3D Culture can be classified into two parts
i.) Scaffold-free (non-scaffold based) 3D cell culture which gathers all the methods where no exogenous artificial platforms are used for promoting cell growth, and
ii.) Scaffold-based 3D culture in which 3D cell cultures are obtained by promoting the cells growth on artificial 3D structures (artificial ECM).
This blog examines both of these 3D cultures, as well as their functions, advantages, and disadvantages. We will also discuss our innovative three-dimensional cell culture platform, AXTEX-4Dᵀᴹ.
Scaffold‐free or non-scaffold‐based 3D cell cultures gather all the methods where no exogenous artificial platforms are used for promoting cell growth. These methods
•Promote the spheroids formation by avoiding the cells adhesion to the surfaces and favoring the cell–cell interactions and cells self‐aggregation.
•Promote the formation of 3D microtissues as cellular aggregates known as spheroids or multicellular tumor spheroids, in which cells produce their own ECM i.e., no artificial ECM is provided.
Scaffold-free techniques are cell aggregate-based, such as hanging drops, ultra-low attachment plates, microfluidics, liquid overlay and magnetic biolevitation, and rely on physical forces to bring the cells together, and cell-cell adhesions to form the aggregate.
• No external biomaterials are required.
• ECM is produced by the cells.
• High number of cells–ECM interactions are established.
• High number of cells–cell interactions are established.
• Gradients of gases, nutrients, and pH are present.
• Spheroids can be formed without specific equipment and tools.
• The majority of the techniques are inexpensive, compatible with HTS.
• Mathematical models can be applied.
In this 3D cell cultures are obtained by promoting the cells growth on artificial 3D structures (artificial ECM). The artificial 3D structures can be produced with bulk materials including i) ceramics, ii) glasses, iii) polymers, and iv) metals.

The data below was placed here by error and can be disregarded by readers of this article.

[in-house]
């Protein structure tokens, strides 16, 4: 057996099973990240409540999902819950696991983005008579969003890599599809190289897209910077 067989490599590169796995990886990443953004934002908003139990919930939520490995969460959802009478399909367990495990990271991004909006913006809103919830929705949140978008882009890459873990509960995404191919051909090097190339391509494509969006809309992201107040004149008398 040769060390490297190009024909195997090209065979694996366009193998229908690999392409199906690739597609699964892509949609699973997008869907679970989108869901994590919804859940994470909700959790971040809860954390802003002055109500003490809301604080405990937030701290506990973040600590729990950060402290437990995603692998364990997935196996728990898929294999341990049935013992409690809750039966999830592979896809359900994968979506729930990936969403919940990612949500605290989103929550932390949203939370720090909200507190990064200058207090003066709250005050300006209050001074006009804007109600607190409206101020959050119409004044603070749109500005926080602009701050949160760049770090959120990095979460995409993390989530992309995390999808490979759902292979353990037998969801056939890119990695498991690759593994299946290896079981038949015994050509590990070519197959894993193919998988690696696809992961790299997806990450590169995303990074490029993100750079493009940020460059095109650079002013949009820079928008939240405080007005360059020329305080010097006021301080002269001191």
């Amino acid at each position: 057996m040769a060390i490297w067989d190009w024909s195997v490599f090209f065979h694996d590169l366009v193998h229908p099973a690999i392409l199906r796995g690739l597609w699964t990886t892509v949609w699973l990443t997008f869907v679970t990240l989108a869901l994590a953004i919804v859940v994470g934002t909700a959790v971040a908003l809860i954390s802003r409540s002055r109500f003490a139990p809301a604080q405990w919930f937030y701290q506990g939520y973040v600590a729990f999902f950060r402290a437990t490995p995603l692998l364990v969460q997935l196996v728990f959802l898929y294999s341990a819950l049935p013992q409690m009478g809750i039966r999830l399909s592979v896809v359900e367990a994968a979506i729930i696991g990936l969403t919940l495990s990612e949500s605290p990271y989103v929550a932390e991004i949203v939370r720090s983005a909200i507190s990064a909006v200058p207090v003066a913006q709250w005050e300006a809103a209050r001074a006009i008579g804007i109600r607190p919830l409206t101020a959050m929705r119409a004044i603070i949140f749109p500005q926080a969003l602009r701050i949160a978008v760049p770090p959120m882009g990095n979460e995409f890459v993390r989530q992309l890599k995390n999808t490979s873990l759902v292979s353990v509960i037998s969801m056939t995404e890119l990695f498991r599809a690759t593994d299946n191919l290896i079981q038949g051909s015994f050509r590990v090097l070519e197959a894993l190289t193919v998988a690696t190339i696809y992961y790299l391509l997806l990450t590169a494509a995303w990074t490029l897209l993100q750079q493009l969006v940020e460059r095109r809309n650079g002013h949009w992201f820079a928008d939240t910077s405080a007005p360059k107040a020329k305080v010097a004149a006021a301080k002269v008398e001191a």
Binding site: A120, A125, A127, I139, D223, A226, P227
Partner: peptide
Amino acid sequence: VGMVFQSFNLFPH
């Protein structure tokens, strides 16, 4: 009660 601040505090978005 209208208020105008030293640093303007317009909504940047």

Polymers are of 2 types:
1) Natural polymers such as silk, alginate, gelatin, matrigel, collagen, hyaluronic acid etc.
• Excellent biocompatibility
• Poor mechanical strength
2)Artificial polymers such as polystyrene (transparent hence suitable for imaging), polycaprolactone (biodegradable), Polytetrafluoroethylene (desirable mechanical and thermochemical stability but poor cell adhesiveness)
• Main challenges for in vivo biocompatibility is the toxic moieties and chemicals used in their polymerization
• ECM is artificial.
• Gradient of gases, nutrients, and pH is not always reproduced.
• Specific equipment and tools may be required, such as 3D bioprinter.
• Some biomaterials can interfere with the therapeutics response.
• Low reproducibility.
• Techniques are laborious, expensive.
• Difficult to scale up, not compatible with HTS.
• Difficult to isolate and recover the cells from the structure for further assays.
• Investigated mainly for tissue engineering purposes, where they can be used as delivery vehicles for cells and drugs; should meet the needs of regeneration and repair.
Irrespective of excellent biocompatibility, the poor mechanical performance of the biological scaffolds is still a major limitation. Similarly, in case of synthetic scaffolds, one of the main challenges for in vivo biocompatibility is the toxic moieties and chemicals used in their polymerization. Hence, developing a robust 3D model for cell culture is still a challenge. In contrast, a disadvantage of the wide range of spheroid based tumor models is the lack of standard protocols, difficulties in measurement and microscopic analysis.
To this end, the cells were grown on our novel AXTEX-4D™ platform. Patterns like intercellular bridges were observed in cultured cells which mimic the real tissue morphology and helped in creating an ECM and thus emulated TME. Therefore, we called the system a “tissueoids cell culture system. The platform that consists of a chamber containing a non-woven fabric base matrix for receiving and supporting the growth of tissueoids. Nonwoven fabric is mechanically bonded together by entangling fibres resemble some of ECM characteristics and is therefore promising scaffolds. It should be noted that fibrous materials are attractive for biomedical applications owing to their structural superiorities, which include large surface-area-to-volume ratio, high porosity, and pore interconnectivity in a controlled manner.
The tissueoids cell culture system has several advantages over other 3D cell culture approaches, such as Matrigel coating and spheroid cultures, for the following reasons:
1) Cells grow as a tissueoids on non-woven fabric in a non-influential manner
2) The fabric of the device is not chemically treated, which provides an additional advantage of being non-toxic and biocompatible to the cells
3) Sterilization of the fabric can be achieved in a very simple and effective manner
4) Platform is compatible with standard biological assays such as flow cytometry, western blot, ELISA, sequencing, proteomics, confocal microscopy with proper z stack, labeling of cells etc.
6) Convenient for various cell culture formats (6-96 well) and cell numbers (25 cells to 10 5cells) with optimized porosity.
3D Tissueoids are formed on AXTEX-4Dᵀᴹ platform by using hanging drop methods. Thus, this platform fills the gap that exists in scaffold free and scaffold-based system.
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